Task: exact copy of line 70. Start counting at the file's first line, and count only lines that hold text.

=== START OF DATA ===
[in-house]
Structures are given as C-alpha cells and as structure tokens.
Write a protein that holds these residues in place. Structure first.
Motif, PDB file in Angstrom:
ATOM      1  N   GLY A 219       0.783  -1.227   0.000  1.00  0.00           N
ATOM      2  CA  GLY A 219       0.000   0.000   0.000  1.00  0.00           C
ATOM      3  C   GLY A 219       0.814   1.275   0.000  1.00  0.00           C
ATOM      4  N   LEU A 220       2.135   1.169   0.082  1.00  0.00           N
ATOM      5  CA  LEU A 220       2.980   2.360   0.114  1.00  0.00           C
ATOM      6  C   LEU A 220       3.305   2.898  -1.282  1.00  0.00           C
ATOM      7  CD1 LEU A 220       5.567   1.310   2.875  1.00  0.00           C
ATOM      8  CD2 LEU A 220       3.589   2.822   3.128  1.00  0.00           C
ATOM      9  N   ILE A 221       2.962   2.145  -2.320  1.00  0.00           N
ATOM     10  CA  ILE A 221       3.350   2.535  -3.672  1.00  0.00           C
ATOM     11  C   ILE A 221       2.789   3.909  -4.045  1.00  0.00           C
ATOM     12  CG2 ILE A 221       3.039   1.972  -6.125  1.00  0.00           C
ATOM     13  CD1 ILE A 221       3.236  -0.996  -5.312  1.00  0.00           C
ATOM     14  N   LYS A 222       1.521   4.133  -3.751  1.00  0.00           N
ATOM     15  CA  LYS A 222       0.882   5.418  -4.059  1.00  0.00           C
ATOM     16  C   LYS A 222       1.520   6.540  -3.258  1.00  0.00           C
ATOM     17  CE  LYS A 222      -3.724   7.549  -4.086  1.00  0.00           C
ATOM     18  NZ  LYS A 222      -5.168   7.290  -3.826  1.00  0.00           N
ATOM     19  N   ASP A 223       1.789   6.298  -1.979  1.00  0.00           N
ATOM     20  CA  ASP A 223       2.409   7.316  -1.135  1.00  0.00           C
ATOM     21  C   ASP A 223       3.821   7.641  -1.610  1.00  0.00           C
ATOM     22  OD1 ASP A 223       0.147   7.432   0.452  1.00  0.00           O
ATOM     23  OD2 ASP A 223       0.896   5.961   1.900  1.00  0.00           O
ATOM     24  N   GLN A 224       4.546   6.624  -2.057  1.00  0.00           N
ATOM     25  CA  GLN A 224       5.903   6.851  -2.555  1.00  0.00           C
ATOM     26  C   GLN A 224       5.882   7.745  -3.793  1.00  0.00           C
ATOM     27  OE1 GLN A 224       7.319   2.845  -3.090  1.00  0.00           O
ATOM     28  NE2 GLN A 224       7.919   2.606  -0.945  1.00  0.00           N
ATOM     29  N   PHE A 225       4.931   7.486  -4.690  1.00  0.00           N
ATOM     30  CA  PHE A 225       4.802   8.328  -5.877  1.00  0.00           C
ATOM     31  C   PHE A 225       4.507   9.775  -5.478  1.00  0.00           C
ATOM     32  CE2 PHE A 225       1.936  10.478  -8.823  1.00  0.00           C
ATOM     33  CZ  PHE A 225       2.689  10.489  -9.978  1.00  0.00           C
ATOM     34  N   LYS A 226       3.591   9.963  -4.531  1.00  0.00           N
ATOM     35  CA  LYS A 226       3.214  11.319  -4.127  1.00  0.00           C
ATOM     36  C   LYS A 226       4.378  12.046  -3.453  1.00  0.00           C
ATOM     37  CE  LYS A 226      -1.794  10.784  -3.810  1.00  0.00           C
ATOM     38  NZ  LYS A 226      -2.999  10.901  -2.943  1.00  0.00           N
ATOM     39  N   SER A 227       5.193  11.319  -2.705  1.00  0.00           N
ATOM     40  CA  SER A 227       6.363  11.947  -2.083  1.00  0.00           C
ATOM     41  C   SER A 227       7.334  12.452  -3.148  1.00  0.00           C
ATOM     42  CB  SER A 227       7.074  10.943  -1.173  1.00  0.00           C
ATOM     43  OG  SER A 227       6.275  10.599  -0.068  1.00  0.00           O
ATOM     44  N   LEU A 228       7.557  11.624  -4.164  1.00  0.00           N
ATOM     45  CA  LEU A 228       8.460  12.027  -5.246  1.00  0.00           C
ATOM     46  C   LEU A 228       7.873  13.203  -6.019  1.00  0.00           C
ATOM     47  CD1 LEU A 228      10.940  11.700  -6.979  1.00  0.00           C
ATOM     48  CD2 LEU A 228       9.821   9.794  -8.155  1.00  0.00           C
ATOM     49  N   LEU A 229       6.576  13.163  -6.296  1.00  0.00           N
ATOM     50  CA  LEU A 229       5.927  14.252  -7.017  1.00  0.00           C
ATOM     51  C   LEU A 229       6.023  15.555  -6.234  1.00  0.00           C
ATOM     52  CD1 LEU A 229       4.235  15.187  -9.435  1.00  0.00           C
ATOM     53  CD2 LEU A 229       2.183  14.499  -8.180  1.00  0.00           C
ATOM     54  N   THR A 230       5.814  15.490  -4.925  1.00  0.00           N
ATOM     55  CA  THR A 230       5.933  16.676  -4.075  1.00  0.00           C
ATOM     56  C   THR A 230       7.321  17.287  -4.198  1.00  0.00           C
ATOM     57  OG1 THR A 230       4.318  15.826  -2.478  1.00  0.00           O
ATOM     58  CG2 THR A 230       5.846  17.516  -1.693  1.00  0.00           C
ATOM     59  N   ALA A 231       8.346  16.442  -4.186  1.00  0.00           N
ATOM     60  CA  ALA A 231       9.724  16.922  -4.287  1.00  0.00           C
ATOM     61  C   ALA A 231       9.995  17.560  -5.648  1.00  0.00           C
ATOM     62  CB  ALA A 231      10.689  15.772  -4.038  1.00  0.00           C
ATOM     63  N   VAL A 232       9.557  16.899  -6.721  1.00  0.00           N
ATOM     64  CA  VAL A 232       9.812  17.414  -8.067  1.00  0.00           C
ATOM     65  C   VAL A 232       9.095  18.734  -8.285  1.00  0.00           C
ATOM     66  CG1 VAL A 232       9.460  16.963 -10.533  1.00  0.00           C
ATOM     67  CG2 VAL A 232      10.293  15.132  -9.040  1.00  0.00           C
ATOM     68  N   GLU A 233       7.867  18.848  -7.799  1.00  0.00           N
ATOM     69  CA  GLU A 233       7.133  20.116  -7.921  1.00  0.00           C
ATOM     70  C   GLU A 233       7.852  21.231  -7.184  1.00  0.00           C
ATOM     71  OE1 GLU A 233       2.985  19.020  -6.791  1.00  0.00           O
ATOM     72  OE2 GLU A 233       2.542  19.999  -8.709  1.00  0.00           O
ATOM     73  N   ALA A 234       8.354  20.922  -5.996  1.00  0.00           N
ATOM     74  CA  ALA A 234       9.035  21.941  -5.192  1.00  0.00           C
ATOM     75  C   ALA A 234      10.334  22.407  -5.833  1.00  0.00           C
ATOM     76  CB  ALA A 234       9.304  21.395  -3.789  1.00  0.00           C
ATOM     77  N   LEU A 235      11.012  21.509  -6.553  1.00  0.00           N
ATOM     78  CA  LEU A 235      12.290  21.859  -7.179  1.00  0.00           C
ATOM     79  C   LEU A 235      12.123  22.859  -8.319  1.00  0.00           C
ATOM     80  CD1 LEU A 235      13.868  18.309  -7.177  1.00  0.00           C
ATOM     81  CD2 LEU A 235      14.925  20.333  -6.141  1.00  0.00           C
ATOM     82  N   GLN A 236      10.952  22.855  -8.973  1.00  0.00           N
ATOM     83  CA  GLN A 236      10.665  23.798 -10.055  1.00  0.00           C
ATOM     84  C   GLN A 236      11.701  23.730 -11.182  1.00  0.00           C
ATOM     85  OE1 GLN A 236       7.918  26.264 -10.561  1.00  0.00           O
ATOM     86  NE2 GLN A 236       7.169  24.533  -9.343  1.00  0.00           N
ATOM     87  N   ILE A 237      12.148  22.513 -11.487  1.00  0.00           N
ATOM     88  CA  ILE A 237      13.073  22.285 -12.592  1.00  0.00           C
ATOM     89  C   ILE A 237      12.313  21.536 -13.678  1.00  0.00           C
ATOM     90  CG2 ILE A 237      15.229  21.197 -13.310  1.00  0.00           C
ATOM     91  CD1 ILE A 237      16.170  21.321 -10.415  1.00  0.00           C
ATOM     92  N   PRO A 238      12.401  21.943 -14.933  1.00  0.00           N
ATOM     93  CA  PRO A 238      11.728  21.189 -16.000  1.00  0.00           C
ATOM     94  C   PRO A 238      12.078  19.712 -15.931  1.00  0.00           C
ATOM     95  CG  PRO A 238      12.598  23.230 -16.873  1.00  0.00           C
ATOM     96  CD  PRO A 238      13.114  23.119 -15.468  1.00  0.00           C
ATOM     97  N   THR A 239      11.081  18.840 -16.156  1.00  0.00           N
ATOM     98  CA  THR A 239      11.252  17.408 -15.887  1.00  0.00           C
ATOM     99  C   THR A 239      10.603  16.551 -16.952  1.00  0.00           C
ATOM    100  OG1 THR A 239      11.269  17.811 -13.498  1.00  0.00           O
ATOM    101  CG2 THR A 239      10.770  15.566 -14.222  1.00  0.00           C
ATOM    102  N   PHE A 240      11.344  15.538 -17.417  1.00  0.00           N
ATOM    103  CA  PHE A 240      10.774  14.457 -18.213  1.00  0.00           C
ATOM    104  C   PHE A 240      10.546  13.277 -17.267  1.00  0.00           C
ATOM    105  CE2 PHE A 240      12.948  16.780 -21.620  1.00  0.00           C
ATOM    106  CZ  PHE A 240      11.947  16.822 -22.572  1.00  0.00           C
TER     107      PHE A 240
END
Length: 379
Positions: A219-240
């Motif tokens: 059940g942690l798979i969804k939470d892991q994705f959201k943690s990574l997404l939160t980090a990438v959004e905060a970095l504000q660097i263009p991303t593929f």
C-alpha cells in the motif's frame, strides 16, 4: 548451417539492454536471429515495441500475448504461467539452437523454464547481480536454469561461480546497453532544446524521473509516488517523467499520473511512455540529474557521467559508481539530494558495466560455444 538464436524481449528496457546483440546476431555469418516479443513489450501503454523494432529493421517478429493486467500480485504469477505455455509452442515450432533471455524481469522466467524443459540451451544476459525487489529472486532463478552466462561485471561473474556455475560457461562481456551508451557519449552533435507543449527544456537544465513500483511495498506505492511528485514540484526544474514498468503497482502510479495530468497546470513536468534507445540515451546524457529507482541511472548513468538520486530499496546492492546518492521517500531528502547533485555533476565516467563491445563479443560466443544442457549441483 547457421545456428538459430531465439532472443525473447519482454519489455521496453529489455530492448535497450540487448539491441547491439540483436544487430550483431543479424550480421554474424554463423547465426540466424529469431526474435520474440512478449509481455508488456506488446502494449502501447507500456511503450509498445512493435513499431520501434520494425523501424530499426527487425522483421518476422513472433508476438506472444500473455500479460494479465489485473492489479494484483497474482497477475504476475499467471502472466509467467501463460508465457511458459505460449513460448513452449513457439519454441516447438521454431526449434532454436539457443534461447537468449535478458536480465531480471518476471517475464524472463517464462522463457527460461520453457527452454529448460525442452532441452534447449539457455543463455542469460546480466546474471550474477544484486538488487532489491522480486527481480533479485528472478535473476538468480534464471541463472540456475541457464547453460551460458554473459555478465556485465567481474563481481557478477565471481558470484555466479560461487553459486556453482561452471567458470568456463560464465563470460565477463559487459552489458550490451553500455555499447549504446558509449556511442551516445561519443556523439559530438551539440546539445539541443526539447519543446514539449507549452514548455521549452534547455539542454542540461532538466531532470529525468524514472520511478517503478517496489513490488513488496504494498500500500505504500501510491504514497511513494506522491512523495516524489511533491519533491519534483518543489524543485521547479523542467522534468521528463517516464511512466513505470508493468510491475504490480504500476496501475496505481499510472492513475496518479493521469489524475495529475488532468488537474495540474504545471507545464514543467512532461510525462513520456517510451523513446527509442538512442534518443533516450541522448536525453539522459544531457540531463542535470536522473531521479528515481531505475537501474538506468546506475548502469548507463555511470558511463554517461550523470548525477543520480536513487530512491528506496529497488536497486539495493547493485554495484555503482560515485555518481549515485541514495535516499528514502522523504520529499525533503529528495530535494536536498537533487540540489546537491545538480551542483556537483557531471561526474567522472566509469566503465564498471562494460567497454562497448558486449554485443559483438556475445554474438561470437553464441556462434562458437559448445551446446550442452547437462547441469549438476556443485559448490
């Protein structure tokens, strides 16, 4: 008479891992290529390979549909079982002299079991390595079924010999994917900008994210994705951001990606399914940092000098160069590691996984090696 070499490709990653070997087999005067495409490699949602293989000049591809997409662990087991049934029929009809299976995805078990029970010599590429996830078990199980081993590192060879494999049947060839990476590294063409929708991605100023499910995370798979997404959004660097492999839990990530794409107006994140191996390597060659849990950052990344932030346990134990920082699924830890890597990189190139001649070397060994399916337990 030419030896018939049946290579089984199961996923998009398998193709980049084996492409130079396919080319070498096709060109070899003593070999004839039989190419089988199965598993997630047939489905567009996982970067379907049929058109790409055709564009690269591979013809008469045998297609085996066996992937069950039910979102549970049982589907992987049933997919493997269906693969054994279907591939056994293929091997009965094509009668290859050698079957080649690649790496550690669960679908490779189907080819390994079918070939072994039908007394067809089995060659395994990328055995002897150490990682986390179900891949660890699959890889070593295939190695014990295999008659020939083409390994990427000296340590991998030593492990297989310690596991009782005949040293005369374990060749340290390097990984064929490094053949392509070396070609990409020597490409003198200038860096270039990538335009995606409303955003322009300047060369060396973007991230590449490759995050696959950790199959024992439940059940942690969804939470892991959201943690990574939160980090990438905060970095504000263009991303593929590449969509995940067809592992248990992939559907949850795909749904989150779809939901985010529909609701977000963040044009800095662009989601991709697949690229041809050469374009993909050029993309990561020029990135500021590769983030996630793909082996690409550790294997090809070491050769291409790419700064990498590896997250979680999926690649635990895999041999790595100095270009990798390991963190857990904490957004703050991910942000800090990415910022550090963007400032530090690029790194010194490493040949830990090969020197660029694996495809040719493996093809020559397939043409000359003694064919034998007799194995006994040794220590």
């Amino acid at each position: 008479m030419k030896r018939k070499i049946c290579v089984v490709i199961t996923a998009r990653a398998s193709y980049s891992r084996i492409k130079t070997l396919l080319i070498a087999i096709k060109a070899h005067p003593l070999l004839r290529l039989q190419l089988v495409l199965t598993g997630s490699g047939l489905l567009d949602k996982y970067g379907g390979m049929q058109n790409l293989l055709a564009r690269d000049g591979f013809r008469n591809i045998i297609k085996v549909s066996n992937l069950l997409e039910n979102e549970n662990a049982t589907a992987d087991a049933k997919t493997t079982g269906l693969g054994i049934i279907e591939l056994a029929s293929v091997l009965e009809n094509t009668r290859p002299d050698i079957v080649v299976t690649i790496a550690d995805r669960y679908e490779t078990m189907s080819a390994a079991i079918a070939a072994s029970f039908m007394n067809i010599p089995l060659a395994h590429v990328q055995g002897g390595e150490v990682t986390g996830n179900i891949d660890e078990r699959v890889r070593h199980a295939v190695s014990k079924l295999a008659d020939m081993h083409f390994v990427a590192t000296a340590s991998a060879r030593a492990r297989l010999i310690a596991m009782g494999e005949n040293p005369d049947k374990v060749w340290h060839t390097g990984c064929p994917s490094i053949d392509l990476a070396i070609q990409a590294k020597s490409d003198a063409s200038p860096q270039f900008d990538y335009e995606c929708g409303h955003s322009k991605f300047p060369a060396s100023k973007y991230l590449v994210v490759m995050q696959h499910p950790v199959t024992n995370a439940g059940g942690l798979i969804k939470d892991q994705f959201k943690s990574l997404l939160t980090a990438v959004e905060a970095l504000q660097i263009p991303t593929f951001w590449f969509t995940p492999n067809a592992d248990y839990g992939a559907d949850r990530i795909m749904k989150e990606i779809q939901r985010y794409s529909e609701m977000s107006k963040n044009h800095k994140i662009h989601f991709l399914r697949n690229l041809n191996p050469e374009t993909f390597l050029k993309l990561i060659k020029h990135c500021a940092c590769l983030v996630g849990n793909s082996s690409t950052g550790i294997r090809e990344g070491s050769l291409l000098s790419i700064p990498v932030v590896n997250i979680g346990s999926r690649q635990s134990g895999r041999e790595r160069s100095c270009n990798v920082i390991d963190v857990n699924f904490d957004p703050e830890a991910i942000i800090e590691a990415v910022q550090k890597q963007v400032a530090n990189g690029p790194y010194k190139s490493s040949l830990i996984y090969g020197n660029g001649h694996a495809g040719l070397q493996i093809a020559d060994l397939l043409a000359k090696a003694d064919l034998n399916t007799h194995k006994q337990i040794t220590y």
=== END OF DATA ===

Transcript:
ATOM     66  CG1 VAL A 232       9.460  16.963 -10.533  1.00  0.00           C